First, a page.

He was wearing a mask while he waited to see her. She arrived in a car. They then held hands, gave each other a hug and started to cry.
"I am very happy. It had been almost a month since I saw my wife, and I am going to see my children in a little while," said Gilmer Barrios, a Guatemalan immigrant who was reunited with his wife and their two small children this week.
Barrios, 28, was arrested on March 23 by U.S. Customs and Border Protection in Southern California and was deported four days later to Tijuana, Mexico, without having a deportation order and without first seeing an immigration judge.
He spent 21 days in Mexico without being authorized to be there, until the United States reinstated him. Noticias Telemundo first reported Barrios' case, alerting the Guatemalan consulates, who then negotiated Barrios' re-entry into the United States.
His irregular expulsion occurred in the midst of the coronavirus emergency.
Border Patrol was granted new emergency powers during the pandemic, or at least until May 20. They now have the authority to immediately remove migrants who just crossed the border. In March, agents used their new authority to remove 6,306 people, according to official data. There are estimates that the total number of removals is more than 10,000, including in the first days of April.
But Barrios was not a migrant who had crossed the border; he has lived in the United States for over a decade. Authorities arrested him while he was driving and he spent three days in custody. During that time, he asked to see an immigration judge.
Wendi Lee, a CBP spokesperson, told Noticias Telemundo by email that Barrios was expelled after being detained at a checkpoint on I-15 in California.
“It was later discovered that he had pending immigration processes in the United States. The Border Patrol of the San Diego sector quickly took action with the assistance of the Guatemalan Consul General to allow Mr. Barrios re-entry to the United States,” she said.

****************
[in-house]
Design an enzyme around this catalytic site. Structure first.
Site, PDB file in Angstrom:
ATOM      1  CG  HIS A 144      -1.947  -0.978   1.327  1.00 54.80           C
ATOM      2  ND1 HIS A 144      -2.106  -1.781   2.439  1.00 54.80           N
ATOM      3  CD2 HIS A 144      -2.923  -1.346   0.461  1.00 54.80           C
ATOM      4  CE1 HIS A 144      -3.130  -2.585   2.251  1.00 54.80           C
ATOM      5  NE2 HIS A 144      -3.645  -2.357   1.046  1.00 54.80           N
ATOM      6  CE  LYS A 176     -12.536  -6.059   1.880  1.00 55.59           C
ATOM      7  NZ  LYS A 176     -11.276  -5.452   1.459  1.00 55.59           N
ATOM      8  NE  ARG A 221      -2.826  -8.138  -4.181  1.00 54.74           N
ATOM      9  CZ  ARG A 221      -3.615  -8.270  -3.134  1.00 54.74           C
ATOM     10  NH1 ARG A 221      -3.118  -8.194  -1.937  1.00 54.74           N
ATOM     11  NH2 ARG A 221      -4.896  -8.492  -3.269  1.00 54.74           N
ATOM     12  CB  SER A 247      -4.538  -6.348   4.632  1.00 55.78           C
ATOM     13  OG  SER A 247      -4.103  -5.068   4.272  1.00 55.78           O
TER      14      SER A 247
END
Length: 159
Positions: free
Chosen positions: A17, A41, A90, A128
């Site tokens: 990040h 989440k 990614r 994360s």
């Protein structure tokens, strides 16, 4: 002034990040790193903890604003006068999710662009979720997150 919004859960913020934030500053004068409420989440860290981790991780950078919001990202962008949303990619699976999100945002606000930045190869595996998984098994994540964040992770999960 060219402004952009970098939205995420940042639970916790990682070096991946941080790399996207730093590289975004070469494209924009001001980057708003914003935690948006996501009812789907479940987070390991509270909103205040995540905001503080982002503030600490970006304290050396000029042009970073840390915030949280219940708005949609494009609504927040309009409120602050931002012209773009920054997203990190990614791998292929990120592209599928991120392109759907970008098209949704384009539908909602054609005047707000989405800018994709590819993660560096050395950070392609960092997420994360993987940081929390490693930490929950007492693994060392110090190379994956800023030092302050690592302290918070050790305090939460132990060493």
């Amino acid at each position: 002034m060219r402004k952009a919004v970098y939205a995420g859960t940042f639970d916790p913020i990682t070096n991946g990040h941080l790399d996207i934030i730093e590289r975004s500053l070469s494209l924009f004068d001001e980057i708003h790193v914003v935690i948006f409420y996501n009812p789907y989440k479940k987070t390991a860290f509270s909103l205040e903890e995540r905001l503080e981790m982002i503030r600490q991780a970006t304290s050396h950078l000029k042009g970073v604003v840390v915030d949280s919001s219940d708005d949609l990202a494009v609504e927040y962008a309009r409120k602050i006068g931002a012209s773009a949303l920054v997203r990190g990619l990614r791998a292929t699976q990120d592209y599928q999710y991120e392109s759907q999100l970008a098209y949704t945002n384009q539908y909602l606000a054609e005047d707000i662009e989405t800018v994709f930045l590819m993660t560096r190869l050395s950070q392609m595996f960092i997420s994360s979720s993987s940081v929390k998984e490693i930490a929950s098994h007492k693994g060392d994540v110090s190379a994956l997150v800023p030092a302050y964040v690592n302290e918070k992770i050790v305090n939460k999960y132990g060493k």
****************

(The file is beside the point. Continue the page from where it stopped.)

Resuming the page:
Barrios told Noticias Telemundo that his return was less traumatic than his removal. “Several agents and the head of the Border Patrol in San Diego were waiting for me with my name. They asked me my name and they took many photos of me," he said.
After his return to the United States, he spent six days detained at a Border Patrol station in Chula Vista, California. He was then released on parole to continue working on his pending immigration case.
“They didn't insult me and they didn't hit me like they did the first time. I was one of the people they treated the best. I don't know why, but they treated me well,” Barrios said in a video that the communication agency Tzunu Strategies shared with Noticias Telemundo.
Barrios' wife, Kimberly Barrios-Hernández, said that the behavior of their two toddlers changed during their father's 28-day absence.
“They were very sad, very serious. They clung much more to me," she said. "If I just went to another room, they already felt that I was going to leave them, that they were not going to see me anymore."
Investigative reporter Damià Bonmatí first reported the story for Noticias Telemundo.